The study included all eligible patients meeting study criteria for the period of January 1, 1997, through December 31, 2000. Participants were followed up with personal interviews after 3 months and 1, 2, and 5 years. This communication reports the 1-year results.
The Regional Committee for Research Ethics approved the study. All patients entering the study gave written informed consent. Information regarding nonparticipants is based on data gathered anonymously for the purpose of bias testing.
Inclusion criteria consisted of living in the catchment area of 1 of the 4 health care areas; age 18–65 years; meeting the Diagnostic and Statistical Manual of Mental Disorders, Fourth Edition
) criteria for schizophrenia, schizophreniform disorder, schizoaffective disorder (narrow schizophrenia spectrum disorders) or brief psychotic episode, delusional disorder, affective psychosis with mood-incongruent delusions, or psychotic disorder not otherwise specified; being actively psychotic, as measured by the Positive and Negative Syndrome Scale (PANSS)14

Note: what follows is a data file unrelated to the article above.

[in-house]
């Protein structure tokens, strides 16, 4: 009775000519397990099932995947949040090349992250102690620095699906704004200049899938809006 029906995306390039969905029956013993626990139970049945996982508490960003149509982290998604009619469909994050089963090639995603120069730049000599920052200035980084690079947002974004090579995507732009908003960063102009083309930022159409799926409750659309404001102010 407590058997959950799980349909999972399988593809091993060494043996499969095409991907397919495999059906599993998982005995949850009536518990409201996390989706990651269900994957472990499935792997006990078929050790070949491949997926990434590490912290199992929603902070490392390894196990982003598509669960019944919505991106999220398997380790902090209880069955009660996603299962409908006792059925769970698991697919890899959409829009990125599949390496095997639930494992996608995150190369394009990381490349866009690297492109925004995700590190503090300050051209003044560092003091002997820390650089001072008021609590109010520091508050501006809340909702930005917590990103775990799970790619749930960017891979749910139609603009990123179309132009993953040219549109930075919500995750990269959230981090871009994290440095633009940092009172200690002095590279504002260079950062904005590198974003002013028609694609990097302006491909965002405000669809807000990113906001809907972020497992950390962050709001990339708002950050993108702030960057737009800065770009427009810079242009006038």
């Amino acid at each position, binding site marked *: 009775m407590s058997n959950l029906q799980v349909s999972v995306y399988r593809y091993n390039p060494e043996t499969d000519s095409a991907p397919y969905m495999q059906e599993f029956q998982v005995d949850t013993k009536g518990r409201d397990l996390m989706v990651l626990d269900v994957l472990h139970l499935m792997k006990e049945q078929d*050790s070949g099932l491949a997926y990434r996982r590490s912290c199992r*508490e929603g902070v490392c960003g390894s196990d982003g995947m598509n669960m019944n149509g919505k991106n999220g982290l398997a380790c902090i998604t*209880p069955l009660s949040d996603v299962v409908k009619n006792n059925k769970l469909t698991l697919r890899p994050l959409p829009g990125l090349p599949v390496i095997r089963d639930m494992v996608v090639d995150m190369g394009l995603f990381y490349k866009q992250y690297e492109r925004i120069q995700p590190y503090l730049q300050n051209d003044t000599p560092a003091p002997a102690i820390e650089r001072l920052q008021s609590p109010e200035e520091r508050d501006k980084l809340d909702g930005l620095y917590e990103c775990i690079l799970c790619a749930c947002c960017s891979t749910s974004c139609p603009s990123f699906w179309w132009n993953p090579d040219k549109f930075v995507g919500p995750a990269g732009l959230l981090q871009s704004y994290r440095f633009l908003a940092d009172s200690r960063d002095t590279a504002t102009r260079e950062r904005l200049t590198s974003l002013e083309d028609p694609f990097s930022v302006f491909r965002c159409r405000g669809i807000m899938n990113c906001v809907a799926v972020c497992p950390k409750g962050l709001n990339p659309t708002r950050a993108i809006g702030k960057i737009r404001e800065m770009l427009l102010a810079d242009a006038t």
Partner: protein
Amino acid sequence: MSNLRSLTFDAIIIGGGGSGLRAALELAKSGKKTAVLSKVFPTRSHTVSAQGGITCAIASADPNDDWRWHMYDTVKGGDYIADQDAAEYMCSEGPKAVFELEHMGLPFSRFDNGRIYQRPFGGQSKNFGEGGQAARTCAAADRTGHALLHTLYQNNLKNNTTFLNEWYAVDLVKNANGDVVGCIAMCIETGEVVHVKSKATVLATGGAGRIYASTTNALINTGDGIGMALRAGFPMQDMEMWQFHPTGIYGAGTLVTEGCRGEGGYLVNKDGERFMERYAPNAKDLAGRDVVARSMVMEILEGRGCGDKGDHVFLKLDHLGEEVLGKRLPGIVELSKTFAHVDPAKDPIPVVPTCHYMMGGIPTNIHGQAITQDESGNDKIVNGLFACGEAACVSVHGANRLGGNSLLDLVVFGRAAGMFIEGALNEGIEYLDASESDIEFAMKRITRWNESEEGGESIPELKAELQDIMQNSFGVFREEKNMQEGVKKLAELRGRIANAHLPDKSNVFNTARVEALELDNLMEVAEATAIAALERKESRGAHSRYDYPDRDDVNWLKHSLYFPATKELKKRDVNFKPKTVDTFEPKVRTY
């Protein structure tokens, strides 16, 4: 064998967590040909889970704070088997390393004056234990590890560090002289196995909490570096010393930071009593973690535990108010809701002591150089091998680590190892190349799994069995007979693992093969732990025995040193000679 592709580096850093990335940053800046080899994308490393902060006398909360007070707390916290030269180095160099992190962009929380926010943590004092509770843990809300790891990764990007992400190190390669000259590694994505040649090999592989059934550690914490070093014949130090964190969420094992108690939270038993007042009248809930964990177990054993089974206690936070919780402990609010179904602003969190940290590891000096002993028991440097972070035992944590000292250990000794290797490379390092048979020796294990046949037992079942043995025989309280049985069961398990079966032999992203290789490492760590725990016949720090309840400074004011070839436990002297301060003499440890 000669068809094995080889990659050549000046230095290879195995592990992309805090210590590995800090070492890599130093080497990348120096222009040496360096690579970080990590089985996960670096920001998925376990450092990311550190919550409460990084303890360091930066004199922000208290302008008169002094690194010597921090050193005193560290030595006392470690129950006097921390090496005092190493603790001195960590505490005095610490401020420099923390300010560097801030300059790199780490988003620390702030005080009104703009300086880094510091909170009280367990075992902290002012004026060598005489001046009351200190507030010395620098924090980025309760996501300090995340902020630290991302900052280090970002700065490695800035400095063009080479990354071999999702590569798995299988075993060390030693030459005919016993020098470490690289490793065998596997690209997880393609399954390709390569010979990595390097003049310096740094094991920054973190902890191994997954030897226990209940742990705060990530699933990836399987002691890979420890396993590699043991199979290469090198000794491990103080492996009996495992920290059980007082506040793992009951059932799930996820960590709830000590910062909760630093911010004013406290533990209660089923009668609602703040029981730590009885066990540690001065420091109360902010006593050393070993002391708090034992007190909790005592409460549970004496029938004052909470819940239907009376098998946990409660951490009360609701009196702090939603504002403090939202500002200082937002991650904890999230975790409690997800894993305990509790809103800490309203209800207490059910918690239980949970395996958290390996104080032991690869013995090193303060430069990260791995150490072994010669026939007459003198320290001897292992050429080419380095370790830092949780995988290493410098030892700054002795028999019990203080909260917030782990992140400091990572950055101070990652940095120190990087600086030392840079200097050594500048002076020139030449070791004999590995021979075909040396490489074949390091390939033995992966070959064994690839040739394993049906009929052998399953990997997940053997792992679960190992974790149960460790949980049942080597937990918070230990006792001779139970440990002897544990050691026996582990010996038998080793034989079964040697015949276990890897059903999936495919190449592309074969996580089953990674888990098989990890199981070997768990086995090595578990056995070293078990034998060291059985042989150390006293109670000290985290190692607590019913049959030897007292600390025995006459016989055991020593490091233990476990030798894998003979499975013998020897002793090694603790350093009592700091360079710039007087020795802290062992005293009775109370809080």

score of 4 or more on at least 1 of positive subscale items for delusions, hallucinatory behavior, grandiosity, or suspiciousness/persecution or general subscale item unusual thought content; not receiving previous adequate treatment for psychosis (defined as antipsychotic medication of 3.5 haloperidol equivalents for 12 weeks or until remission of the psychotic symptoms); having no neurological or endocrine disorders with relationship to the psychosis; having no contraindications to antipsychotic medication; understanding and/or speaking a Scandinavian language; having an IQ score of above 70; and being willing and able to give informed consent.
During the 4-year period, 380 patients were identified, and 284 gave informed consent to enter the study. The refuser rate for study inclusion was 23%, and no major differences for key characteristics were found when compared with the included sample. For details see previous publications.12